That meant police could narrow down the search of thousands of hours' worth of
CC-TV footage from all cameras overlooking the A14 and A12 which they had seized
for an image of the killer's car.
Police believed the killer stripped the victims' bodies to dispose of clues which
could have implicated him. They were confident of recovering DNA traces.
Gordon Rayner/ Stephen Wright
Two More Prostitutes Killed
BRITISH police hunting a possible serial killer targeting prostitutes
have found two more bodies, taking to total to five in the past 10 days.
The head of the small local police force said his detectives were facing
an "unprecedented" investigation as they attempted to solve five murders
in and around Ipswich in eastern England.
"I can confirm this afternoon two bodies have been found," said Detective
Chief Superintendent Stewart Gull.
He said the bodies were probably those of missing prostitutes Paula Clennell,
24, who has not been seen since Saturday, and of 29-year-old Annette Nicholls,
who has been missing for at least a week.
"The natural assumption that these are the two missing women Annette Nicholls
and Paula Clennell. That's an assumption and that's yet to be confirmed," he
The bodies were found in the Nacton area to the east of the town close to where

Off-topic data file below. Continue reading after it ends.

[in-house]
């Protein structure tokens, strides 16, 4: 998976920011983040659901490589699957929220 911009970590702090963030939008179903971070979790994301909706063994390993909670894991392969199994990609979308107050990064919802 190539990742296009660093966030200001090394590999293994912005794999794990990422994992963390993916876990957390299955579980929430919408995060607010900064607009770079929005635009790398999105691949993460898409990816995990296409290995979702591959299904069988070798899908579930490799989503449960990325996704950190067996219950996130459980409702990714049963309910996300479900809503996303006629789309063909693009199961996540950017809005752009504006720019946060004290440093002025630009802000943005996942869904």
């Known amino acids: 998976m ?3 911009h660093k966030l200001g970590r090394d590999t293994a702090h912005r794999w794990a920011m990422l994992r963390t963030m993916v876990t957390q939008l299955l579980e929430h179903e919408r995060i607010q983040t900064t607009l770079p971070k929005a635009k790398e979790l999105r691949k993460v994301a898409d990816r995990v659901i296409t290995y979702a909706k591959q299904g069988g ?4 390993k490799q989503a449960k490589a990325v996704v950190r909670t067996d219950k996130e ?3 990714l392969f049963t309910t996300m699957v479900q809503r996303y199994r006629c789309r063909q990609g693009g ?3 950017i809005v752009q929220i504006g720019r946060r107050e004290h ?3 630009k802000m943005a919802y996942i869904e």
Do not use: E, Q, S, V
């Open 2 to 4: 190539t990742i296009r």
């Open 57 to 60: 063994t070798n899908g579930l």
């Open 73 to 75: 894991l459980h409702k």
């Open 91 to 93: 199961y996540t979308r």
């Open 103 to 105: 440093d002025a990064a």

the naked body of Anneli Alderton, 24, was discovered in woodland on Sunday.
A walker found the first naked woman's body about 6 metres from a road. Just 40
minutes later, a police helicopter crew member sent to the scene spotted a second
body a few hundred metres from the first.
The fast-moving developments and the rapid discovery of so many victims has
terrified locals in the provincial town in eastern England and raised fears
that another "Ripper" targeting prostitutes is on the loose.
The most notorious such killer was the 19th century murderer known as "Jack
the Ripper", who was blamed for the deaths of five prostitutes in east London
in 1888 but was never found.
The most prolific was Peter Sutcliffe, called the "Yorkshire Ripper", who murdered
13 women, mainly prostitutes, in northern England from 1975 to 1980 before he
"No-one has ever had to deal with this before," said Alastair McWhirter, chief
constable of Suffolk Police.
"If you think back to the Yorkshire Ripper, that was over weeks and months that
those murders took place. This is unprecedented and we are dealing with it," he
The massive police inquiry began on December 2 when the body of Gemma Adams, 25,
was found in a stream in the west of the town. Police divers then discovered
19-year-old Tania Nicol in the same stretch of water on December. 8.
Officers are still only officially linking these two murders but say there are
similarities with the death of the third prostitute Alderton.
She was found strangled but there were no signs that Adams and Nicol were
Police have warned prostitutes to stay off the streets and women have been
advised not to go out alone.
Earlier today, Gull said he believed sex workers might have vital information
that could help identify the murderer.
"I am convinced the working prostitutes in Ipswich probably hold the key as to
who is responsible," he said.